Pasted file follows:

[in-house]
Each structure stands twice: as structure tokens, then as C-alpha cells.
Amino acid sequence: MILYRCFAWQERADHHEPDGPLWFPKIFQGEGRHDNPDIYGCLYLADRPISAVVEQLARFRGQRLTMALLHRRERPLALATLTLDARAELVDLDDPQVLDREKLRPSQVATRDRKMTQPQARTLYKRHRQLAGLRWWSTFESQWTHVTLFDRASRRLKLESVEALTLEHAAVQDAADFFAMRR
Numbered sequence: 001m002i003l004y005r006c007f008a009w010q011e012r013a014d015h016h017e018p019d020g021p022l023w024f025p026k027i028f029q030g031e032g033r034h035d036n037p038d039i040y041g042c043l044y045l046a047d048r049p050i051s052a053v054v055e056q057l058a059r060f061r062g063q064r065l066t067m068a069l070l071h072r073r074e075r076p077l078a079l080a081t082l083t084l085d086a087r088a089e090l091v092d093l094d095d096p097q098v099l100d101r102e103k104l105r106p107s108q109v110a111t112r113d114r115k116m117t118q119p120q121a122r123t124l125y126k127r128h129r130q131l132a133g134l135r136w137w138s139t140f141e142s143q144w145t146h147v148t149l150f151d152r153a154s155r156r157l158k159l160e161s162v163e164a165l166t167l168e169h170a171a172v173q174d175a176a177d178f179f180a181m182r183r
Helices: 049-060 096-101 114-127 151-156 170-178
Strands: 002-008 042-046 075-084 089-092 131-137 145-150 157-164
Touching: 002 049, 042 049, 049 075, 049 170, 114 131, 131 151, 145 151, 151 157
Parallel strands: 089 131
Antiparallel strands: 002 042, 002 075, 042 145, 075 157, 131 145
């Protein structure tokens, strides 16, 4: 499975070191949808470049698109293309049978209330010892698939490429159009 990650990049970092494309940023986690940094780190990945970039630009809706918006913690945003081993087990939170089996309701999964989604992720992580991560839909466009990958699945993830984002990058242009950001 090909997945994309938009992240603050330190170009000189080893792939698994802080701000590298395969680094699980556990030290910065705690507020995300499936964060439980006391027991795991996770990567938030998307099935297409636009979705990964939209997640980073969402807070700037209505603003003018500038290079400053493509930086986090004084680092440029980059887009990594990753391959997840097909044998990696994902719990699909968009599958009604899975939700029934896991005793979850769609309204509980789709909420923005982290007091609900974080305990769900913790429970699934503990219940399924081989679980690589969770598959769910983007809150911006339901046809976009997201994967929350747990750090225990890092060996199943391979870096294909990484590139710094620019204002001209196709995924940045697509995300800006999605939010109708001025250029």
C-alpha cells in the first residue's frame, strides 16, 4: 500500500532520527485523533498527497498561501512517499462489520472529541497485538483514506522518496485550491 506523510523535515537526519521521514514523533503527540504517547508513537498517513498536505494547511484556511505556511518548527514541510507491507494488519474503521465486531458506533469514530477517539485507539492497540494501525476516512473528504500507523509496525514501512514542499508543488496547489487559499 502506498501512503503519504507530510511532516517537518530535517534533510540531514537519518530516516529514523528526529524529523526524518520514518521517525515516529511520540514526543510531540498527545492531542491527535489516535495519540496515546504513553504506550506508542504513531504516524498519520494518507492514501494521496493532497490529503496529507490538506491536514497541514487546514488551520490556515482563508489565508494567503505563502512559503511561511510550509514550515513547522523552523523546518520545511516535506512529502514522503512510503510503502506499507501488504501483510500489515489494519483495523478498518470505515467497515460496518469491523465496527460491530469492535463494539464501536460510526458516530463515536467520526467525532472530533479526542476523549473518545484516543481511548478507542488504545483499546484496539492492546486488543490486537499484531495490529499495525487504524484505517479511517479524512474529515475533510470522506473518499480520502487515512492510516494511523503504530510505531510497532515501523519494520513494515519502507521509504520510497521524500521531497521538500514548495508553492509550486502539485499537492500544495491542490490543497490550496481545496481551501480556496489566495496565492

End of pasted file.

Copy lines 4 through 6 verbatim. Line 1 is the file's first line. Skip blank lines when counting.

Numbered sequence: 001m002i003l004y005r006c007f008a009w010q011e012r013a014d015h016h017e018p019d020g021p022l023w024f025p026k027i028f029q030g031e032g033r034h035d036n037p038d039i040y041g042c043l044y045l046a047d048r049p050i051s052a053v054v055e056q057l058a059r060f061r062g063q064r065l066t067m068a069l070l071h072r073r074e075r076p077l078a079l080a081t082l083t084l085d086a087r088a089e090l091v092d093l094d095d096p097q098v099l100d101r102e103k104l105r106p107s108q109v110a111t112r113d114r115k116m117t118q119p120q121a122r123t124l125y126k127r128h129r130q131l132a133g134l135r136w137w138s139t140f141e142s143q144w145t146h147v148t149l150f151d152r153a154s155r156r157l158k159l160e161s162v163e164a165l166t167l168e169h170a171a172v173q174d175a176a177d178f179f180a181m182r183r
Helices: 049-060 096-101 114-127 151-156 170-178
Strands: 002-008 042-046 075-084 089-092 131-137 145-150 157-164